"The album contains several ‘Sketching’ pieces, where brief moments of intricate musicianship act as a precursor to the longer, fuller tunes. While the ‘Sketching’ of “Illusions Grow” offers meticulous guitar playing, ‘Sketching’ “Under A Starlight Sky” is 2 minutes of delicate, dreamy musicianship."
Tom Haugen, Take Effect
Sketching "Illusions Grow" & Sketching "Under A Starlit Sky (2020)" by Noshir Mody
The album weaves in elements that provide a window into the songwriting and compositional aspects of the music with its "sketching" and "illustrating" pieces. Here's a behind the scenes look into me tracking Sketching "Illusions Grow" and Sketching "Under A Starlit Sky (2020)" - two tracks that would go onto serve as precursors to the full ensemble versions on the album. This is how I typically conceive the songs prior to bringing them to the ensemble -
"Highly inventive memorable jazz...Noshir’s upbeat guitar work and the lively vibe of all the players on the excellent opener, “Radha”...will set your mind at ease and help you envision the goal of the album… “to save the world with awesome music“!"
Dick Metcalf, Contemporary Fusion Reviews
“Guitarist Noshir Mody is a fusion guitarist and so much more: he is a musical philosopher who addresses the current condition of the world today in a manner that makes both his music and his lyrics poignant…Beautiful music, rich in significant ideas – this is an antidote for the way the world’s pressures impact us.”
Grady Harp, HALL OF FAME REVIEWER, Amazon
While Noshir Mody has been thought of as a fusion guitarist who creates colorful music, on An Idealist’s Handbook he shows that he is also a talented lyricist, a deep thinker, and a versatile improviser who is impossible to categorize.
Noshir Mody’s new set of music features pianist Campbell Charshee, bassist Yuka Tadano, drummer Jarrett Walser, Mike Mullan on alto and tenor saxophone, trumpeter-flugelhornist Benjamin Hankle and, on two of the five main pieces, singer Kate Victor. Three of the five originals are preceded by brief “sketches” that feature Mody playing solo guitar, while “Illusions Grow” is performed twice with the second version being a briefer reprise.
“Radha” opens the intriguing work with a tribute to an immortal and traditional love story from India. The atmospheric piece begins with a rhythmic pattern stated by the bassist, Mody and Hankle blend together to state the theme and the guitarist stretches out in his inventive solo. “Illusions Grow,” which features the leader’s first lyrics in 20 years, is about the message that he would say today if he had the opportunity to give advice to his younger self. The pretty tune, which includes fine piano and guitar solos, has Kate Victor singing about how illusions may come and go but love is truth.
“Ol’ Splitfoot” is about the battle to retain one’s decency despite having the desire to right all wrongs any way that one can. Mody’s guitar improvisation grows in intensity and passion as it evolves, as if he was in a fight of good versus evil. “Rise,” which features some particularly powerful and triumphant singing by Kate Victor, is a plea for democracy, tolerance, and a common purpose. “Under A Starlit Sky (2020)” is an instrumental epic, building up gradually before cooling off at its conclusion. The reprise of “Illusions Grow” ends the set with a message of hope and optimism, highlighted by some brilliant acoustic guitar playing from the leader.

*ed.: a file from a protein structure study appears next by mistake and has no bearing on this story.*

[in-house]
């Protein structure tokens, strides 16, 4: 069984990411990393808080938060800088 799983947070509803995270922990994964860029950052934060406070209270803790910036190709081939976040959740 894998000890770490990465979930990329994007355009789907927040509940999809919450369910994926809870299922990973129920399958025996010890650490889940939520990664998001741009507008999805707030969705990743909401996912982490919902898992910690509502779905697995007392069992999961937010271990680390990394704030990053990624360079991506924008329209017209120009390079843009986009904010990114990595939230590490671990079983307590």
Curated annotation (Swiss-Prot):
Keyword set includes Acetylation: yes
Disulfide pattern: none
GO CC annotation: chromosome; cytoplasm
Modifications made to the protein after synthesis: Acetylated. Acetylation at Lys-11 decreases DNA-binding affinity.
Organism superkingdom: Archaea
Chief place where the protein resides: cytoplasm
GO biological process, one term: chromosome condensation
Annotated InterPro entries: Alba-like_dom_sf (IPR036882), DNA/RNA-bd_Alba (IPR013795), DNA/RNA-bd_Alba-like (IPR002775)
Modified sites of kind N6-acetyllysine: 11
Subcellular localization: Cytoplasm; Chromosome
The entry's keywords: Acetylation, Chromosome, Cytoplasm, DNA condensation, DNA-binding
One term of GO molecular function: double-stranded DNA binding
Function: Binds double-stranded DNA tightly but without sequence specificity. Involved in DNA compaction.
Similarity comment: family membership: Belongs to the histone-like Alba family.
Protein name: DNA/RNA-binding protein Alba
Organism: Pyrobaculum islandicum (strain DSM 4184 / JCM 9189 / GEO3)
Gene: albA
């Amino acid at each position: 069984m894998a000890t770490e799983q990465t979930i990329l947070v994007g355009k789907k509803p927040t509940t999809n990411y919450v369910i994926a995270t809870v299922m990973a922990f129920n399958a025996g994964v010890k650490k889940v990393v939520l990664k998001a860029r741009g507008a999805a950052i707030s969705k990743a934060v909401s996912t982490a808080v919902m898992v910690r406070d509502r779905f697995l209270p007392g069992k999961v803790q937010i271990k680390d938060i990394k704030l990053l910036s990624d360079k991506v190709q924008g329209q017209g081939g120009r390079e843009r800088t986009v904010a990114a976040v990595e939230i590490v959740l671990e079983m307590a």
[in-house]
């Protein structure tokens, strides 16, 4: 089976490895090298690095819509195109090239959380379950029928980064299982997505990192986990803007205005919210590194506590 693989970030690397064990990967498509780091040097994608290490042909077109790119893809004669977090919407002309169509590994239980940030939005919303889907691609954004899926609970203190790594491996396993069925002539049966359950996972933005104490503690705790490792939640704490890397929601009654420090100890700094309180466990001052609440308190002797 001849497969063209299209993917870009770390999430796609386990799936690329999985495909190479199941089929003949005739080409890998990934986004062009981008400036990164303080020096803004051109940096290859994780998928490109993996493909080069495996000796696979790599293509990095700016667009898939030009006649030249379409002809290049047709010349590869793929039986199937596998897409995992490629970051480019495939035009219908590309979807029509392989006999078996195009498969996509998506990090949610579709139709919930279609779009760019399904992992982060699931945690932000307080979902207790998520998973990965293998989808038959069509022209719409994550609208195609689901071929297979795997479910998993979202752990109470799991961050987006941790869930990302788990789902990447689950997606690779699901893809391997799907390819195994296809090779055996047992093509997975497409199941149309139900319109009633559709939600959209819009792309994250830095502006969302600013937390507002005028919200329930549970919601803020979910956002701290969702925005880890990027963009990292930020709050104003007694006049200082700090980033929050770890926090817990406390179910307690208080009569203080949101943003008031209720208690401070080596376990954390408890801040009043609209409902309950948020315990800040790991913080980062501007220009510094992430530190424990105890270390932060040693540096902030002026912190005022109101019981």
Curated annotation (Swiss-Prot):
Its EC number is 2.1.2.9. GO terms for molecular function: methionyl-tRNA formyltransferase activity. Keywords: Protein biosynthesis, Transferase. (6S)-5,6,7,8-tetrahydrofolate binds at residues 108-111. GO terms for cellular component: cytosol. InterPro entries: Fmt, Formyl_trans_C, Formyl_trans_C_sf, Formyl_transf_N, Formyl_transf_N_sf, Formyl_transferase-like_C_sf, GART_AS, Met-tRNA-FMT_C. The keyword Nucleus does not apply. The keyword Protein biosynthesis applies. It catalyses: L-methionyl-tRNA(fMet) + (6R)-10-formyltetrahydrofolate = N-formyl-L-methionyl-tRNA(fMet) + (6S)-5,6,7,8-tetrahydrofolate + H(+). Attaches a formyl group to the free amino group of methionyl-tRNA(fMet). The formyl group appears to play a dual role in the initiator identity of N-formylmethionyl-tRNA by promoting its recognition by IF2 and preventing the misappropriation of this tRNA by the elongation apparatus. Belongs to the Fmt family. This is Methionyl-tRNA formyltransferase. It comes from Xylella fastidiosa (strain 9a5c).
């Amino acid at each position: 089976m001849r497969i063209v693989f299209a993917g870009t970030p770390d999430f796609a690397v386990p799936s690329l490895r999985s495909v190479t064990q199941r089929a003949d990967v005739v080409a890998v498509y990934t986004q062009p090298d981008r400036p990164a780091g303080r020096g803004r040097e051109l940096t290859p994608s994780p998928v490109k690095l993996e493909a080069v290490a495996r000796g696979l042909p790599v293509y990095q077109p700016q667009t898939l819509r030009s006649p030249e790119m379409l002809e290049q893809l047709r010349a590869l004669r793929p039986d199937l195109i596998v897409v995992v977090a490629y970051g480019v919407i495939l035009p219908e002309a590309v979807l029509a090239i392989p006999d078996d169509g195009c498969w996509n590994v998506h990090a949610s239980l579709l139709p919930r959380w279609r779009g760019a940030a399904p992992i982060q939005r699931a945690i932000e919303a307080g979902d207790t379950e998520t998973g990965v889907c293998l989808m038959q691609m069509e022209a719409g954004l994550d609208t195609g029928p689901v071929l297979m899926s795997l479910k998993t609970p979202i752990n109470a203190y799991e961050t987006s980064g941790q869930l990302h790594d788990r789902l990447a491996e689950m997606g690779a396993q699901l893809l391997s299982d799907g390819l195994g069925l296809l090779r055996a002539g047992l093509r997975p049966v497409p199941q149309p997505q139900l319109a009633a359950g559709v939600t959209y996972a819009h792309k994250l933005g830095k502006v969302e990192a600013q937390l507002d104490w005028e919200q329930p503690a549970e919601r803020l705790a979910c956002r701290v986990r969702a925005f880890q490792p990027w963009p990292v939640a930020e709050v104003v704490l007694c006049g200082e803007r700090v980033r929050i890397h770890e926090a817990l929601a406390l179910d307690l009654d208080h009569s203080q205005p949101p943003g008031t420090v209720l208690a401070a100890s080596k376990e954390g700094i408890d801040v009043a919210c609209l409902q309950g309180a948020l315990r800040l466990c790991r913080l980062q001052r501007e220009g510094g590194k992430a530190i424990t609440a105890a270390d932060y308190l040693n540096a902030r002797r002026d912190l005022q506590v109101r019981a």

Noshir Mody is a self-taught guitarist who was born and raised in Bombay, India. He moved to New York when he was 22. During the past 25 years he has developed into a major guitarist and composer, leading his EthniFusion Rock Ensemble and the EthniFusion Jazz Ensemble and regularly performing with his trio in clubs.
Mody’s recordings include his solo guitar set In This World With You, an outing with his trio (Union Of Hearts) and his quintet and sextet ensembles on Stories From The Years Of Living Passionately and A Burgeoning Consciousness.
Always displaying a highly individual sound on the guitar and a fresh imagination, Noshir Mody is heard in top form throughout his timely An Idealist’s Handbook: Identity, Love and Hope in America 2020.
“The guitar ace creates special music for hopeless times and tosses the listener a rope to let them know things are bound to turn around. Uplifting fusion, this is the kind of music that does well by doing good.”
Chris Spector, Midwest Record
PHOTO CREDIT - MIKE MULLAN, MIKEMULLAN.COM
"Mody came to the U.S. from India when he was just 22, and since then has proved time and time again he’s a guitar virtuoso with a skill set that few can replicate. Here, he also proves that he’s a strong lyricist, as his songwriting takes on a new dimension that, in this very difficult year for America, could help heal some of the wounds or at least provide some relief from all the tragedy."
Tom Haugen, Take Effect Reviews
INTERVIEW WITH JAZZ AUTHOR, DEBBIE BURKE
A new CD is just out from composer and guitarist Noshir Mody called “An Idealist’s Handbook” and it’s a beautiful, intelligent conversation that blends, bends and expands on harmonic ideas. Marrying guitar and piano seems effortless and natural to Mody, who launches the song “Ol’ Splitfoot” with sweetness and lyricism. This soon yields to an increasing intensity until gleaming horns and full percussion involvement brings about the crescendo. This song is a fantastic showpiece that masters tricky changes in dynamics as well as tempo. “Rise” plays with chords, some dissonant and leading, and midrange vocals that slay. Very skilled picking from Mody on this track as well. In “Under a Starlit Sky” he’s not shy about exploring the high end of the frets and stays very comfortably in that rarefied air with an echo that evokes a harp.